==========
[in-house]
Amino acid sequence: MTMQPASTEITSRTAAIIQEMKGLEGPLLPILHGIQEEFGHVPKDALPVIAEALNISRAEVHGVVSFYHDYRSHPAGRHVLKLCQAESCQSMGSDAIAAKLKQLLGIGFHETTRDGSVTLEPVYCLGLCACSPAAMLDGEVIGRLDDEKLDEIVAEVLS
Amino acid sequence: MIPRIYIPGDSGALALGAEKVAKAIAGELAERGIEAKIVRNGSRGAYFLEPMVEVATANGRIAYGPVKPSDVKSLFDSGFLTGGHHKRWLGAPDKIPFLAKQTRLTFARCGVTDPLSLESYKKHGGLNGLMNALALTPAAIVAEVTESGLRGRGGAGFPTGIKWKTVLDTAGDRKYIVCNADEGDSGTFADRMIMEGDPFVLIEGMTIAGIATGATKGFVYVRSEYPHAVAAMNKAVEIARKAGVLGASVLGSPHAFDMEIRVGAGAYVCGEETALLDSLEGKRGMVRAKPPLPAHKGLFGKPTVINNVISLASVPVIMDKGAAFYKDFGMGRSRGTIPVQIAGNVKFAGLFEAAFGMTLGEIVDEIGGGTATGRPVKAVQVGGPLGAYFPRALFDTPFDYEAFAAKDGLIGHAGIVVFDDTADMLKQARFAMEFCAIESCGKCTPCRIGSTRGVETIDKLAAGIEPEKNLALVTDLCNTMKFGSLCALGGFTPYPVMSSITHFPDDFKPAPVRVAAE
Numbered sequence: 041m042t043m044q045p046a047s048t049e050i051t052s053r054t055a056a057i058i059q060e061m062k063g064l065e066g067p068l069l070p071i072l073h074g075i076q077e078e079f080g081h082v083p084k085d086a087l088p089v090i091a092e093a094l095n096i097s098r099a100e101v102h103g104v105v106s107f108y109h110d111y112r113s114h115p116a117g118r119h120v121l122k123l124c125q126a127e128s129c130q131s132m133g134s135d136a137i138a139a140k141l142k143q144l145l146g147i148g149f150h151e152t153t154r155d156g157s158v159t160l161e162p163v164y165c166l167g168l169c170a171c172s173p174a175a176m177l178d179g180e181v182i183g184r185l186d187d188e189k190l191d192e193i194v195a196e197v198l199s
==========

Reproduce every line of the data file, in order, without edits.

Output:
[in-house]
Amino acid sequence: MTMQPASTEITSRTAAIIQEMKGLEGPLLPILHGIQEEFGHVPKDALPVIAEALNISRAEVHGVVSFYHDYRSHPAGRHVLKLCQAESCQSMGSDAIAAKLKQLLGIGFHETTRDGSVTLEPVYCLGLCACSPAAMLDGEVIGRLDDEKLDEIVAEVLS
Amino acid sequence: MIPRIYIPGDSGALALGAEKVAKAIAGELAERGIEAKIVRNGSRGAYFLEPMVEVATANGRIAYGPVKPSDVKSLFDSGFLTGGHHKRWLGAPDKIPFLAKQTRLTFARCGVTDPLSLESYKKHGGLNGLMNALALTPAAIVAEVTESGLRGRGGAGFPTGIKWKTVLDTAGDRKYIVCNADEGDSGTFADRMIMEGDPFVLIEGMTIAGIATGATKGFVYVRSEYPHAVAAMNKAVEIARKAGVLGASVLGSPHAFDMEIRVGAGAYVCGEETALLDSLEGKRGMVRAKPPLPAHKGLFGKPTVINNVISLASVPVIMDKGAAFYKDFGMGRSRGTIPVQIAGNVKFAGLFEAAFGMTLGEIVDEIGGGTATGRPVKAVQVGGPLGAYFPRALFDTPFDYEAFAAKDGLIGHAGIVVFDDTADMLKQARFAMEFCAIESCGKCTPCRIGSTRGVETIDKLAAGIEPEKNLALVTDLCNTMKFGSLCALGGFTPYPVMSSITHFPDDFKPAPVRVAAE
Numbered sequence: 041m042t043m044q045p046a047s048t049e050i051t052s053r054t055a056a057i058i059q060e061m062k063g064l065e066g067p068l069l070p071i072l073h074g075i076q077e078e079f080g081h082v083p084k085d086a087l088p089v090i091a092e093a094l095n096i097s098r099a100e101v102h103g104v105v106s107f108y109h110d111y112r113s114h115p116a117g118r119h120v121l122k123l124c125q126a127e128s129c130q131s132m133g134s135d136a137i138a139a140k141l142k143q144l145l146g147i148g149f150h151e152t153t154r155d156g157s158v159t160l161e162p163v164y165c166l167g168l169c170a171c172s173p174a175a176m177l178d179g180e181v182i183g184r185l186d187d188e189k190l191d192e193i194v195a196e197v198l199s